VirtualBox 4.3.2

VirtualBox is a general-purpose full virtualizer for x86 hardware. Targeted at server, desktop and embedded use, it is now the only professional-quality virtualization solution that is also Open Source Software.

Some of the features of VirtualBox are:

  • Modularity. VirtualBox has an extremely modular design with well-defined internal programming interfaces and a client/server design. This makes it easy to control it from several interfaces at once: for example, you can start a virtual machine in a typical virtual machine GUI and then control that machine from the command line, or possibly remotely. VirtualBox also comes with a full Software Development Kit: even though it is Open Source Software, you don't have to hack the source to write a new interface for VirtualBox.
  • Virtual machine descriptions in XML. The configuration settings of virtual machines are stored entirely in XML and are independent of the local machines. Virtual machine definitions can therefore easily be ported to other computers.

Download: VirtualBox 4.3.2 | 101 MB (Open Source)
View: VirtualBox Website | Release Notes

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10 Comments

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Pam14160 said,
Windows 8.1 is buggy without being in a VM.

Statistically and technically it is the most stable OS a consumer can currently obtain.

So if you feel Windows 8.1 is buggy, I wonder what you think of Android, OS X, Linux, and iOS that score far behind Windows 8/8.1.

Mobius Enigma said,

Statistically and technically it is the most stable OS a consumer can currently obtain.

So if you feel Windows 8.1 is buggy, I wonder what you think of Android, OS X, Linux, and iOS that score far behind Windows 8/8.1.

And the source of this information is....?????

83 percent of enterprises have Linux currently deployed on servers.

I guess they are all wrong in that they should have chosen Windows 8.1, haha.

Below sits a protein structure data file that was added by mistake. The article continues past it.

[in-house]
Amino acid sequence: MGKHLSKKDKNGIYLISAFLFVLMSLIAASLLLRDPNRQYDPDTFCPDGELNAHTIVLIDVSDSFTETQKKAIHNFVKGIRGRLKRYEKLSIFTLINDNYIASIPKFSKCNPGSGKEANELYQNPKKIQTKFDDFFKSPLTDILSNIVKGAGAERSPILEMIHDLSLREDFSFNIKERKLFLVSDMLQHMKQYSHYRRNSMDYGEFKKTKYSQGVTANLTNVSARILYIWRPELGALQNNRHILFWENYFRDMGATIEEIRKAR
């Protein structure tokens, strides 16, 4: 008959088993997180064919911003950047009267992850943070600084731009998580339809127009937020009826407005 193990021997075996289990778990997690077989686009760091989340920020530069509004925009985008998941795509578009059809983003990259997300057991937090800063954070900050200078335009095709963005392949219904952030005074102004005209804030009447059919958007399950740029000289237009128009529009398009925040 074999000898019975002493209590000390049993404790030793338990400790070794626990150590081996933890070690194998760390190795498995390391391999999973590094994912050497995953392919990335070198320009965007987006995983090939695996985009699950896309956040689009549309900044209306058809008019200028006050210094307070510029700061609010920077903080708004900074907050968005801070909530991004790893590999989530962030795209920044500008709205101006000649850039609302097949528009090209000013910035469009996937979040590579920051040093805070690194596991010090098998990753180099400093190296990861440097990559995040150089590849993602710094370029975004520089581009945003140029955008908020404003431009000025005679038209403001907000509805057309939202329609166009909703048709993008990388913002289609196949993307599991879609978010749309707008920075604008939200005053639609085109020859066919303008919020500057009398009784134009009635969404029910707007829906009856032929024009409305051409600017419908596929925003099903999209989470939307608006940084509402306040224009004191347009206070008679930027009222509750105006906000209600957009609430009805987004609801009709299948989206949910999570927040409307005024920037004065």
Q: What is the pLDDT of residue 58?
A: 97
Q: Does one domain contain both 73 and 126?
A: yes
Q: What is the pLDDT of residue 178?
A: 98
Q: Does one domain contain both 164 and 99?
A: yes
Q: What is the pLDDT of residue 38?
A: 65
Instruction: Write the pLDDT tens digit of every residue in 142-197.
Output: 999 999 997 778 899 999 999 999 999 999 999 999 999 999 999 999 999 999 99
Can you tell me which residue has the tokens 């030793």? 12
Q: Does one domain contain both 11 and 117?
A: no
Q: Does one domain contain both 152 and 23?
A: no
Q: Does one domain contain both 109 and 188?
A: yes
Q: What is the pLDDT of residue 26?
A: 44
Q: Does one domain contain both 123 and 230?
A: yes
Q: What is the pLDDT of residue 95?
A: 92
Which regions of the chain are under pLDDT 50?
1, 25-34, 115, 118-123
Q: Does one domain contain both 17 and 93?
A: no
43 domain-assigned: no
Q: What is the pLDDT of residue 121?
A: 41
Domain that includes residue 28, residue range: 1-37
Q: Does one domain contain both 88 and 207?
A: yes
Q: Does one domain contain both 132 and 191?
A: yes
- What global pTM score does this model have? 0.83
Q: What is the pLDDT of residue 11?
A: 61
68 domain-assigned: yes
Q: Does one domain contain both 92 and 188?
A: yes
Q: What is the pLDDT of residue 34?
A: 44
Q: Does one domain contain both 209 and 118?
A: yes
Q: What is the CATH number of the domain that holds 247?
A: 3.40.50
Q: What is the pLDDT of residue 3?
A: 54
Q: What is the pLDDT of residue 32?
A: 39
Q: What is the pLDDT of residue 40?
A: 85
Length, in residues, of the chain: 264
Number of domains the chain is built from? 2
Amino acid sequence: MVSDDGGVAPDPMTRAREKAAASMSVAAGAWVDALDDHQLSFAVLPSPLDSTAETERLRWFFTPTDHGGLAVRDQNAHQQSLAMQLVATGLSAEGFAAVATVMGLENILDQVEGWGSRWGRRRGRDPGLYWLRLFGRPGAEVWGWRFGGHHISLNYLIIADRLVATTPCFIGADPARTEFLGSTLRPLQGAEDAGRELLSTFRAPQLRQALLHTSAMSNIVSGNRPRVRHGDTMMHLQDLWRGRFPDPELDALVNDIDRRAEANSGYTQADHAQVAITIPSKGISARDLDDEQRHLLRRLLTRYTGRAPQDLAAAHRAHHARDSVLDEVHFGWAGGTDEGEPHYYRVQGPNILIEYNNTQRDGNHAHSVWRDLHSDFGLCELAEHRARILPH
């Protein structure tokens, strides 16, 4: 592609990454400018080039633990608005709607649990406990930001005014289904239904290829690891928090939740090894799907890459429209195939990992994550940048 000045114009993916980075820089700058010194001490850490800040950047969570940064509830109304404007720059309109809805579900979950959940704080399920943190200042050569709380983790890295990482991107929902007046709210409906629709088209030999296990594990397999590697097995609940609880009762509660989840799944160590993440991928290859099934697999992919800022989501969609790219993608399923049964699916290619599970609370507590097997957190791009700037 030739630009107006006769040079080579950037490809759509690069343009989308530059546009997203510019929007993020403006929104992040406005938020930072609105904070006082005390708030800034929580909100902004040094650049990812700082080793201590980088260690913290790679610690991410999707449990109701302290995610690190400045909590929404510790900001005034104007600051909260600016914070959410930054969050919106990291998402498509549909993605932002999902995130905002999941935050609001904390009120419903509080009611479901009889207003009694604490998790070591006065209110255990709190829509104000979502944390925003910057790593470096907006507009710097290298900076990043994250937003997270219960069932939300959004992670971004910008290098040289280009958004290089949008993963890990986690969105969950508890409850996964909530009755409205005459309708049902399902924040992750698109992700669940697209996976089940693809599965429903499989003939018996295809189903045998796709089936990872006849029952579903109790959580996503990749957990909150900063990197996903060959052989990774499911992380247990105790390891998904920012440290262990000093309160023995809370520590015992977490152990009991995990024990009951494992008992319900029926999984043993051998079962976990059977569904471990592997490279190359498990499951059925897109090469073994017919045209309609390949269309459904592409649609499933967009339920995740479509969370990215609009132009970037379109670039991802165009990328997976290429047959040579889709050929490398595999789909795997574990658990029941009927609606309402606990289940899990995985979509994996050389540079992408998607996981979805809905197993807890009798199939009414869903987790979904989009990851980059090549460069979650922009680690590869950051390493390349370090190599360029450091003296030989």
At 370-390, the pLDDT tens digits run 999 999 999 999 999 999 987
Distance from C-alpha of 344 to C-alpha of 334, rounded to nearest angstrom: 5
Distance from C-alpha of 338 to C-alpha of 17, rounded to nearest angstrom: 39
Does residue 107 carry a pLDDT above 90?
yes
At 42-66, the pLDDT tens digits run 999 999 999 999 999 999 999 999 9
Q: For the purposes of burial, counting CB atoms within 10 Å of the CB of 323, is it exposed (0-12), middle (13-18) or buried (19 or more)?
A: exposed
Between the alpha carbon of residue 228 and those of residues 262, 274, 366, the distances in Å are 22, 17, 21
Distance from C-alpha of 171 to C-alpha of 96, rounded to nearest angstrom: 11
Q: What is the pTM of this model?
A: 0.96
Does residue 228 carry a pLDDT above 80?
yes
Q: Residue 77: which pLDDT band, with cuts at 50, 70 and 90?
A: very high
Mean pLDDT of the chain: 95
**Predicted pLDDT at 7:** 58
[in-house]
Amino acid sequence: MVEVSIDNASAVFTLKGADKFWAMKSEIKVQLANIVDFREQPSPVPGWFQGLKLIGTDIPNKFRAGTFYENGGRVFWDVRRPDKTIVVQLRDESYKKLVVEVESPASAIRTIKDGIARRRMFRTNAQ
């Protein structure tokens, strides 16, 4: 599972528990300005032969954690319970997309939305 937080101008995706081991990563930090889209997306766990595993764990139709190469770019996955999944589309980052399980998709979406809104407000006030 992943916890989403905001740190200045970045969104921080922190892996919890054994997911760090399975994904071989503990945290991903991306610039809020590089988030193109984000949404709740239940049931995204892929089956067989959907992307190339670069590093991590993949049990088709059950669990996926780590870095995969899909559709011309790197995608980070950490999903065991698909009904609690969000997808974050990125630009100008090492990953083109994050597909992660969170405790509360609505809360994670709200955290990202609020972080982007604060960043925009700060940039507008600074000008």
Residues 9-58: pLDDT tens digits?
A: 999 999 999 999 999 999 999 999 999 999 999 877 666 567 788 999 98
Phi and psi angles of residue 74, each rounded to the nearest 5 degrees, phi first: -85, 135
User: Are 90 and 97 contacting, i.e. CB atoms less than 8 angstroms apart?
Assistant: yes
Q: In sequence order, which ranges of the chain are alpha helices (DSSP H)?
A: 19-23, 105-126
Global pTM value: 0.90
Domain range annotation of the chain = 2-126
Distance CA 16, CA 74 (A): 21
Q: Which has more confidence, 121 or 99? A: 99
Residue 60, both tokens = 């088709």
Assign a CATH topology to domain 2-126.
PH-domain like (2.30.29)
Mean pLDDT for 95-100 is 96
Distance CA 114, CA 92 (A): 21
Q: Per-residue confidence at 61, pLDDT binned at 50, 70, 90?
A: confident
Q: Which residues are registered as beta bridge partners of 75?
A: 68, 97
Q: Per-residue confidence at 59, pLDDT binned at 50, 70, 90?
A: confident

DixieNormus said,
83 percent of enterprises have Linux currently deployed on servers.

I guess they are all wrong in that they should have chosen Windows 8.1, haha.

And the ones that don't get hacked are running Windows Server 2012 (aka Windows 8.)

When groups like anonymous are TELLING people they use Linux and other *nix based servers to 'bot' and use for their attacks, people should listen.


Mobius Enigma said,

When groups like anonymous are TELLING people they use Linux and other *nix based servers to 'bot' and use for their attacks, people should listen.

I'm just going to say that it is, for the most part, globally accepted that Linux is a superior platform for servers. Sure, Windows Server 2012 has its perks like being more user-friendly. In terms of security, Open-Source is almost always on top due to the fact that the loopholes can be fixed overnight. Microsoft releases updates less frequently.

Saying that Linux gets hacked more often than Windows is comparable to saying that Cars get in wrecks more than submarines do. Its all a matter of quantity.

I love Microsoft's OS' for my personal computers, however Linux Distro's will be my go-to for servers.

DixieNormus said,

I'm just going to say that it is, for the most part, globally accepted that Linux is a superior platform for servers. Sure, Windows Server 2012 has its perks like being more user-friendly. In terms of security, Open-Source is almost always on top due to the fact that the loopholes can be fixed overnight. Microsoft releases updates less frequently.

Saying that Linux gets hacked more often than Windows is comparable to saying that Cars get in wrecks more than submarines do. Its all a matter of quantity.

I love Microsoft's OS' for my personal computers, however Linux Distro's will be my go-to for servers.

Really?
http://www.neowin.net/news/fox...com-hacked-homepage-defaced

Linux - Apache - Owned...

It isn't about quantity, it is about entry points, fragmentation, accessibility to 'fixes' that don't break things that can be deployed easier, and on and on.

If Windows Server was an 'easy' target there are more than enough servers to target and use for botting. When a group needs 10,000 servers to stage an attack, they are easily 10,000 Windows Servers out there, but not 10,000 servers they can so easily get into.